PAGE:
Volksrods used to represent a cheaper alternative to traditional hot rodding. But as this super-premium example shows, the game’s moved on a bit…
The cult of the Volksrod is something that’s been ebbing and flowing ever since Model A and Model T Fords started to sell for serious money. The essence of it, as the name pretty much clues you in on from the off, is to take the ethos of a traditional hot rod build and paint it all over a VW Beetle canvas. Beetles are, after all, rather easier to get hold of than vintage Fords (OK, not so much now as back in the 1980s, but the point still stands), and the design of the original Volkswagen dates back to the 1930s, so you can’t really argue with the appropriateness of the platform.
The traditional way to hammer together a Volksrod is to unbolt all the wings, fit the front beam from a vintage Ford to pull the wheels forward, chop the top, add a bit of pinstriping, and away you go. Naturally there are countless approaches and, over the generations, anything that can be done has been done, somewhere, by somebody… but what you’re looking at here is arguably the zenith of Volksrodding; the apogee, the ultimate manifestation of the art.
For while this has been lovingly crafted by one man in his garage, along with the help of some good mates with some pretty spectacular skills between them, it’s still ended up costing the thick end of $85,000. So much for Volksrods being the poor relation…
The brainchild of Highland, California’s Eric Goodman, this project is one of a number of classic VWs residing in his personal collection. “I bought the car from Craigslist for $600 back in 2009,” he explains. “Back then it was a fairly stock 1973 Beetle that had been in an accident and hit in the rear. It was the perfect donor, as my desire from the start was to build a custom hot rod with my friends and not pay a shop to build it.”
Honourable intentions indeed, and Eric and his friends certainly didn’t waste any time in tearing the thing down and getting to work. This was to be no rushed job, however; in spite of their haste to get moving, Eric was very clear on the fact that everything had to be done perfectly and done right – meaning that the build would ultimately end up taking the best part of five years. But when your project is a labour of love, such frivolous matters as days, months and seasons really don’t factor into anything.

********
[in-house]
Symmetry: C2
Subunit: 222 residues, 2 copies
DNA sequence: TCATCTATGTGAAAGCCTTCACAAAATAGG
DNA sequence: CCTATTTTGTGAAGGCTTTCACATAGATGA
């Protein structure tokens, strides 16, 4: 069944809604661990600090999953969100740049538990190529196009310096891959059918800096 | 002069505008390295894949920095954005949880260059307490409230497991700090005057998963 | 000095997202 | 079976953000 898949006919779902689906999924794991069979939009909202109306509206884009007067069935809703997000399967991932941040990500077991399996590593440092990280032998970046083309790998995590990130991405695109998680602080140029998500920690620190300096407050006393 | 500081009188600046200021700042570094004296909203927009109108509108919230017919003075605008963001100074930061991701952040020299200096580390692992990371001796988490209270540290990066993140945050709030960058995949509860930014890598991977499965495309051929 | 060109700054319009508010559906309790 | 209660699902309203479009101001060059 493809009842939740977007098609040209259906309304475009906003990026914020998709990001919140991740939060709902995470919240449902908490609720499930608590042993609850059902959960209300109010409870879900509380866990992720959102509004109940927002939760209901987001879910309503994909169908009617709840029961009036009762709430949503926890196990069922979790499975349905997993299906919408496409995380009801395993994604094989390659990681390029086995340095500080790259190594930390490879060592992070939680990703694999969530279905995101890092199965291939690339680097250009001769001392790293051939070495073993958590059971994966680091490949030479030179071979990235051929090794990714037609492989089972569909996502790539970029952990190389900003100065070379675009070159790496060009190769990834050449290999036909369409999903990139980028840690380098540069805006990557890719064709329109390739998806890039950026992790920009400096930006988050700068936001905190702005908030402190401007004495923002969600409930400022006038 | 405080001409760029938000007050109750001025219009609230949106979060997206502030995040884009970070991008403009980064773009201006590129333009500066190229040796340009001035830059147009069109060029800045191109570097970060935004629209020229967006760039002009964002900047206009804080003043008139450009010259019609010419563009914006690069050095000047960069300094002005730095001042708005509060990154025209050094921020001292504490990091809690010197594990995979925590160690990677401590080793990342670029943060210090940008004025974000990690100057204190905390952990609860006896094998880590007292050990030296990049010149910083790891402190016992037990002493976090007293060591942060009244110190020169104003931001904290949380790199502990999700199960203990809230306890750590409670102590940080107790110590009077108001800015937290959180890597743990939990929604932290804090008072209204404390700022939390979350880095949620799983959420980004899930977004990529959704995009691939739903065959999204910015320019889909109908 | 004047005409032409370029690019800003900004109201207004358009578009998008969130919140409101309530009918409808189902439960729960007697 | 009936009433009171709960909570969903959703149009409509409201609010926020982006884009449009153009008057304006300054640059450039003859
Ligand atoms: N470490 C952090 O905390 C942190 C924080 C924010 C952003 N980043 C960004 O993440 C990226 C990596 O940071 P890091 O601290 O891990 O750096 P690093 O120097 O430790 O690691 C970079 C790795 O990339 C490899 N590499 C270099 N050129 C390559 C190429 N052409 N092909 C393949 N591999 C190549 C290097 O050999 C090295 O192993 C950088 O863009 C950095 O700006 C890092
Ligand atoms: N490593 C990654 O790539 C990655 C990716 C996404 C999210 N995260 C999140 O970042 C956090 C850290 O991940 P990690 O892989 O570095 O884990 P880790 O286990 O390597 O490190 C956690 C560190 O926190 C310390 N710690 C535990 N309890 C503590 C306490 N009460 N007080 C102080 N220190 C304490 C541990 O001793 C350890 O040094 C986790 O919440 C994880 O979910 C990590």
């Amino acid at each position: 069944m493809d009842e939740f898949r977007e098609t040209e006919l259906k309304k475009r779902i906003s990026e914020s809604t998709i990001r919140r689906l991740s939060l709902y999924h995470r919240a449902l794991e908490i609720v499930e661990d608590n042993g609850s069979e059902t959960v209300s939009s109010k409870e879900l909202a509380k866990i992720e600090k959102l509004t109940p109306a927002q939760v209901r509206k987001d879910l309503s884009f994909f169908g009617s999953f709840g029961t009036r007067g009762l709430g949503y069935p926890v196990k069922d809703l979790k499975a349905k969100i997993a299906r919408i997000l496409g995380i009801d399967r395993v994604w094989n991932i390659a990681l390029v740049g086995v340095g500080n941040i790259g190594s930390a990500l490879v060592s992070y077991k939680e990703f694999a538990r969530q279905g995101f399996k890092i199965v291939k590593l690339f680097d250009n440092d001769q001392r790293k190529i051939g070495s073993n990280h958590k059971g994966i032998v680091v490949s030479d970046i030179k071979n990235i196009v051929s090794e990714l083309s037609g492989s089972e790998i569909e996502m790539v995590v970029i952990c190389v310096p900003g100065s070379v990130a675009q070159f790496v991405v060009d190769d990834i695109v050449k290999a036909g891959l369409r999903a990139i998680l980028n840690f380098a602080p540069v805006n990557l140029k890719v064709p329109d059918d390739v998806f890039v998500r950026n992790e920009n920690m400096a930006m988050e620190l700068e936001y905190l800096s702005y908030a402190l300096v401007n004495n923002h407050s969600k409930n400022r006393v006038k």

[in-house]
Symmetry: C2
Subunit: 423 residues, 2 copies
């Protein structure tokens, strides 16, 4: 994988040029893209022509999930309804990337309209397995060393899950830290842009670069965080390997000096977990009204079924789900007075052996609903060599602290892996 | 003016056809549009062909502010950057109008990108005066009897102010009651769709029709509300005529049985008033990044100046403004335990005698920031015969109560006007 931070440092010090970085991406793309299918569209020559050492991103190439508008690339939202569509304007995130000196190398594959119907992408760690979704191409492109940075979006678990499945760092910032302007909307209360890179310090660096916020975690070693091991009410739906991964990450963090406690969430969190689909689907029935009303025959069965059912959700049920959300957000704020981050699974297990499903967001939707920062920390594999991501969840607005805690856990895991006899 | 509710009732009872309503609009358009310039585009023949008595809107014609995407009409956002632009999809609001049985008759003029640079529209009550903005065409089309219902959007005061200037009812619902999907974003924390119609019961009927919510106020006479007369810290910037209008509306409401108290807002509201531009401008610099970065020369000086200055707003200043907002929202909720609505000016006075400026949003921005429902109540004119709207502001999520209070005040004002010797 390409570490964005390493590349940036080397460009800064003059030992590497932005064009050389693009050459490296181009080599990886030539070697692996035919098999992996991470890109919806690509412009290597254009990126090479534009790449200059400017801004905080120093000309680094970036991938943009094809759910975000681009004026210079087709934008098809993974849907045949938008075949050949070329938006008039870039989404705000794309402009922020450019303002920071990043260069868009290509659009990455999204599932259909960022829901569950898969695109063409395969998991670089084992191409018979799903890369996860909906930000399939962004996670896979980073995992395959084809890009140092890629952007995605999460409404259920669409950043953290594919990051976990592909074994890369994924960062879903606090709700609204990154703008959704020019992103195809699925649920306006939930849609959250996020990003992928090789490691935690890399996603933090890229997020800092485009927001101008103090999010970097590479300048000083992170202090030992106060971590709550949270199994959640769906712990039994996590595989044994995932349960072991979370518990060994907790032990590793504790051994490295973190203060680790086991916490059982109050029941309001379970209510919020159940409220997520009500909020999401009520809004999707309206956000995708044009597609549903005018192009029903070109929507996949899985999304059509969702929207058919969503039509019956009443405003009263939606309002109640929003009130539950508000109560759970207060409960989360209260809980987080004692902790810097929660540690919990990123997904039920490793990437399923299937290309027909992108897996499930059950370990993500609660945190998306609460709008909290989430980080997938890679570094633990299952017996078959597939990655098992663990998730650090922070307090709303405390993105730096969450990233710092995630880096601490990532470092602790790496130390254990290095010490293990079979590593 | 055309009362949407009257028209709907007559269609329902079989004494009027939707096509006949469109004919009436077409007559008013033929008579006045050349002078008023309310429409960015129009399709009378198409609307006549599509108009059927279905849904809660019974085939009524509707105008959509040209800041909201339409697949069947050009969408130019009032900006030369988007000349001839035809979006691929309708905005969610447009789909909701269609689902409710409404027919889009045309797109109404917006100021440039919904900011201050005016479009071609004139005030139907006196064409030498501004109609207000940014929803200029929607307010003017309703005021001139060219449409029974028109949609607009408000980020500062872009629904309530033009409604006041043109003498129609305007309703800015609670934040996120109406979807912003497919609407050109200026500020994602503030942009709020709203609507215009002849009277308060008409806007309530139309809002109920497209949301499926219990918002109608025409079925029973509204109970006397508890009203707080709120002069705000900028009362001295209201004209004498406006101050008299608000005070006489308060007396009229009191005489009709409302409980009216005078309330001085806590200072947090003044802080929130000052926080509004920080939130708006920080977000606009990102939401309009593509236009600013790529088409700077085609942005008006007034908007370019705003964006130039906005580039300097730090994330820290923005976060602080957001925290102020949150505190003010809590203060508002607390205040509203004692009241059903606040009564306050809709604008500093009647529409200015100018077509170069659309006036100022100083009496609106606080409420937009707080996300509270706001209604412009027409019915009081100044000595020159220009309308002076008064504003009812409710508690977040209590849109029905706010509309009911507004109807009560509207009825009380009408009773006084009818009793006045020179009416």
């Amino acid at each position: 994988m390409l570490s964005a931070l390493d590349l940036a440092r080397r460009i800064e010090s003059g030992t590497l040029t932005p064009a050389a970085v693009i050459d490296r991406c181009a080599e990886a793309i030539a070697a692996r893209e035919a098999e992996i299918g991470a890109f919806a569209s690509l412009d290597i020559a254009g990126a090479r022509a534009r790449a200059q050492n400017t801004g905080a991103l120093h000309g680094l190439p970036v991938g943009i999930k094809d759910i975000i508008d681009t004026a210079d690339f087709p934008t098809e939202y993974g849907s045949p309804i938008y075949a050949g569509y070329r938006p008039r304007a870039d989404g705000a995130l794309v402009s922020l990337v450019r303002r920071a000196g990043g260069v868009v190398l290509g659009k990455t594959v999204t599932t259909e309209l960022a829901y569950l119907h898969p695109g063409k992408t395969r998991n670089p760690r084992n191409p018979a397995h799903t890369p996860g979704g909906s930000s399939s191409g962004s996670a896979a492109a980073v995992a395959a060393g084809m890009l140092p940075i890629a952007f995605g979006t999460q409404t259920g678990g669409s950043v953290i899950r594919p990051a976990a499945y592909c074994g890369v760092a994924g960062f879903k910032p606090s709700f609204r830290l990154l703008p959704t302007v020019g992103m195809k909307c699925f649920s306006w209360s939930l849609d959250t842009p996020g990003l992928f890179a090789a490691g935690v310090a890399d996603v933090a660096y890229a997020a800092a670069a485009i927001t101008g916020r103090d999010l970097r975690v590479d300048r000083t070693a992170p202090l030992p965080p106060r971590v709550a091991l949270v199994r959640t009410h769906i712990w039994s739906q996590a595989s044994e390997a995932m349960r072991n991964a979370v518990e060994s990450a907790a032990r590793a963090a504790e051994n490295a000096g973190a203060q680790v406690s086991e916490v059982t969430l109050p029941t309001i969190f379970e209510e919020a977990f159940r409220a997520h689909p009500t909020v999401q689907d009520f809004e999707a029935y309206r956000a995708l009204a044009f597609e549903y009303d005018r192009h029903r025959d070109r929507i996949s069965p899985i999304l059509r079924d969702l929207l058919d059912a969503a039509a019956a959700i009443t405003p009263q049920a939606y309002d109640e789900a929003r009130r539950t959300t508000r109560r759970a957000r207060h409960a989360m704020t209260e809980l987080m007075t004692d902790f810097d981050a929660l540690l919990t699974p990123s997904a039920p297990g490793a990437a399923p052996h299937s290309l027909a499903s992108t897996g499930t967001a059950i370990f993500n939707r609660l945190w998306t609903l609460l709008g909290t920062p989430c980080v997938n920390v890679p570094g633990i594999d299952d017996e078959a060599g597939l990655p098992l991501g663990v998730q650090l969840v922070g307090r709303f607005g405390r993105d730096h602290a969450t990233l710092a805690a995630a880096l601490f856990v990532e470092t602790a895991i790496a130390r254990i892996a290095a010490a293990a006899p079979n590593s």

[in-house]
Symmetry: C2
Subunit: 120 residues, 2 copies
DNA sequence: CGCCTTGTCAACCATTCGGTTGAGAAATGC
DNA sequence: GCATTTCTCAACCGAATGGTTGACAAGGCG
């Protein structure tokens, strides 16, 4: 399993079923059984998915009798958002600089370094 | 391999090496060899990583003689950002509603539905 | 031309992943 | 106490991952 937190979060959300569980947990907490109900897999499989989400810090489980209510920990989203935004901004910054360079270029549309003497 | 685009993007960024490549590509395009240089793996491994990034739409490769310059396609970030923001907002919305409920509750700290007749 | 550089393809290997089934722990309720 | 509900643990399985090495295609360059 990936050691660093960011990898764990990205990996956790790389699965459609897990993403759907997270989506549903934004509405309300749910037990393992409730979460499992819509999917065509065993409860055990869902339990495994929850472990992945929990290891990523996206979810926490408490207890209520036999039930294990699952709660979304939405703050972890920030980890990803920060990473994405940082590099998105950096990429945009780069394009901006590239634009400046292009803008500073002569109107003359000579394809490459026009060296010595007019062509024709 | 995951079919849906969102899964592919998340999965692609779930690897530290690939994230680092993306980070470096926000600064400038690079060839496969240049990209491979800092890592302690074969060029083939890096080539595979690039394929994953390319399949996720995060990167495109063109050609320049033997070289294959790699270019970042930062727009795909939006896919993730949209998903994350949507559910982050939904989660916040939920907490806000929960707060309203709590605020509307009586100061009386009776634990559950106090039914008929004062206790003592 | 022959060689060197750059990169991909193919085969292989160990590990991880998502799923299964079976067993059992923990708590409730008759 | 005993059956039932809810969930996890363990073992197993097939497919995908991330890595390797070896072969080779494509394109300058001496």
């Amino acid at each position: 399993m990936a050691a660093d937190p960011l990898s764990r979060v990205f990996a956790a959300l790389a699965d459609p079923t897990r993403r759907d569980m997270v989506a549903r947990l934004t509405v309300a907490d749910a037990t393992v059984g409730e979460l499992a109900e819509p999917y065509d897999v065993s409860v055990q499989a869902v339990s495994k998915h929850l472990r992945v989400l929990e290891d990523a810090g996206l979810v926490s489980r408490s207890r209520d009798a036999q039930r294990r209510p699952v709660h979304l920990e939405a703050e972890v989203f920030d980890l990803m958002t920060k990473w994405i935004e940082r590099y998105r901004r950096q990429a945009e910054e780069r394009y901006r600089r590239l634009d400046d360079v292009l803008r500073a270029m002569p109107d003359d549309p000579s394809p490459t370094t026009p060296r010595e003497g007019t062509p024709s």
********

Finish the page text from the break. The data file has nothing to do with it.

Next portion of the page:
“We removed the body from the frame, and had the entire car sandblasted,” Eric recalls. “It was a complete body off restoration; in fact, the body was off the frame for three years in total. The pan was rebuilt and painted, and we had a lot of fun speccing the engine!” The motor in question bullishly ousted the stock Beetle lump, instead squatting its 1.8-litre Porsche 914 case in place and radiating awesomeness from all angles. The retro Porsche flat-four wears dual Weber 40 carbs with racy cams and an exhaust system which features custom 3” side pipes (and seriously, shouldn’t more cars have side pipes?!) – it all adds up to around 150bhp, which is more than enough to shame a stock ’73 Beetle.
Not that this car has anything to do with stock ’73 Beetles any more. Eric’s buddy George Forget Jr designed and fabricated a custom 911 fan shroud, which certainly keeps the Porsche nerds guessing when the bootlid’s lifted, and the general sense of rasping, popping aggression is more than appropriate for hot rod shenanigans.
Of course, a rebuilt frame with a sports car motor does not a Volksrod make: the body has to be something special. Oh, and it is. And how. The word ‘shaved’ features heavily in the spec list, pretty much insisting that you pronounce it in the voice of Jim’s dad in American Pie, because that’s precisely how saucy it is. The body sides, the doors, the decklid, it’s all been shaved to a super-smooth sheen, as has the dash and much more besides, to imbue a frisson of streamlined butterflies and aerodynamic slipperiness.